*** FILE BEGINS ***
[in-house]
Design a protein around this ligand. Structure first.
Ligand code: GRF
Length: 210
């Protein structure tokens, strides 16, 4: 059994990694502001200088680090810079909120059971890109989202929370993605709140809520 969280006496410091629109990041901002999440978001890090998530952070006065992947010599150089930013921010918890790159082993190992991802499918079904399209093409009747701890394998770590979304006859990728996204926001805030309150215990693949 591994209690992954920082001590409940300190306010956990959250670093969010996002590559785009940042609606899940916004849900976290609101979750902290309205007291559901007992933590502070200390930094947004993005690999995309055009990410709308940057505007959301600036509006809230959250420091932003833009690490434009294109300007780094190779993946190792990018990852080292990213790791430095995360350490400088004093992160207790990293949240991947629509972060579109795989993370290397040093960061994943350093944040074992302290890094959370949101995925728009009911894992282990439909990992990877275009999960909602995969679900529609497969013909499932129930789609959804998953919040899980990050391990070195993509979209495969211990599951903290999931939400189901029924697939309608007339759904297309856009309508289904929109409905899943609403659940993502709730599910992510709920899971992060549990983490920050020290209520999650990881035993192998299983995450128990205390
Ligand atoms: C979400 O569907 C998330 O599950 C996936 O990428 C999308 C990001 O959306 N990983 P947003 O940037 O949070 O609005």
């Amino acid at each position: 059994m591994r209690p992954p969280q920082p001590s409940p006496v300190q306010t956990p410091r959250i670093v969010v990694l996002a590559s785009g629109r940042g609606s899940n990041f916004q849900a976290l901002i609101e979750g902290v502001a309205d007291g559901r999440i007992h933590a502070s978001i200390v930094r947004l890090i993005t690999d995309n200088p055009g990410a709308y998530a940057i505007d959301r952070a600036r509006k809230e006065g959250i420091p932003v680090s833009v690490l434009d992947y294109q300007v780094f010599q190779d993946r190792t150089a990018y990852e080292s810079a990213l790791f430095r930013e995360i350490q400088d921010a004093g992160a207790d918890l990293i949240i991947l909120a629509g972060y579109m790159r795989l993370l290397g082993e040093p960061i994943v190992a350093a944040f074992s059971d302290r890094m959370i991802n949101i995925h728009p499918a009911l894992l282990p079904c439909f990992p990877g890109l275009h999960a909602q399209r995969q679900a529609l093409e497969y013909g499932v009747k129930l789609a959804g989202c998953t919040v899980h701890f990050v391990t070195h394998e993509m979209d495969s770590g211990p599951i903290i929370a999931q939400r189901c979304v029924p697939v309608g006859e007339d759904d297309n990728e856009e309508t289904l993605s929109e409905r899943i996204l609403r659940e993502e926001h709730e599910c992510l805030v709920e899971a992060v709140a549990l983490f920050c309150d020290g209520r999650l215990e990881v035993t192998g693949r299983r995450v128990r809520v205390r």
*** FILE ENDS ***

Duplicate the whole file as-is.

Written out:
[in-house]
Design a protein around this ligand. Structure first.
Ligand code: GRF
Length: 210
């Protein structure tokens, strides 16, 4: 059994990694502001200088680090810079909120059971890109989202929370993605709140809520 969280006496410091629109990041901002999440978001890090998530952070006065992947010599150089930013921010918890790159082993190992991802499918079904399209093409009747701890394998770590979304006859990728996204926001805030309150215990693949 591994209690992954920082001590409940300190306010956990959250670093969010996002590559785009940042609606899940916004849900976290609101979750902290309205007291559901007992933590502070200390930094947004993005690999995309055009990410709308940057505007959301600036509006809230959250420091932003833009690490434009294109300007780094190779993946190792990018990852080292990213790791430095995360350490400088004093992160207790990293949240991947629509972060579109795989993370290397040093960061994943350093944040074992302290890094959370949101995925728009009911894992282990439909990992990877275009999960909602995969679900529609497969013909499932129930789609959804998953919040899980990050391990070195993509979209495969211990599951903290999931939400189901029924697939309608007339759904297309856009309508289904929109409905899943609403659940993502709730599910992510709920899971992060549990983490920050020290209520999650990881035993192998299983995450128990205390
Ligand atoms: C979400 O569907 C998330 O599950 C996936 O990428 C999308 C990001 O959306 N990983 P947003 O940037 O949070 O609005």
């Amino acid at each position: 059994m591994r209690p992954p969280q920082p001590s409940p006496v300190q306010t956990p410091r959250i670093v969010v990694l996002a590559s785009g629109r940042g609606s899940n990041f916004q849900a976290l901002i609101e979750g902290v502001a309205d007291g559901r999440i007992h933590a502070s978001i200390v930094r947004l890090i993005t690999d995309n200088p055009g990410a709308y998530a940057i505007d959301r952070a600036r509006k809230e006065g959250i420091p932003v680090s833009v690490l434009d992947y294109q300007v780094f010599q190779d993946r190792t150089a990018y990852e080292s810079a990213l790791f430095r930013e995360i350490q400088d921010a004093g992160a207790d918890l990293i949240i991947l909120a629509g972060y579109m790159r795989l993370l290397g082993e040093p960061i994943v190992a350093a944040f074992s059971d302290r890094m959370i991802n949101i995925h728009p499918a009911l894992l282990p079904c439909f990992p990877g890109l275009h999960a909602q399209r995969q679900a529609l093409e497969y013909g499932v009747k129930l789609a959804g989202c998953t919040v899980h701890f990050v391990t070195h394998e993509m979209d495969s770590g211990p599951i903290i929370a999931q939400r189901c979304v029924p697939v309608g006859e007339d759904d297309n990728e856009e309508t289904l993605s929109e409905r899943i996204l609403r659940e993502e926001h709730e599910c992510l805030v709920e899971a992060v709140a549990l983490f920050c309150d020290g209520r999650l215990e990881v035993t192998g693949r299983r995450v128990r809520v205390r």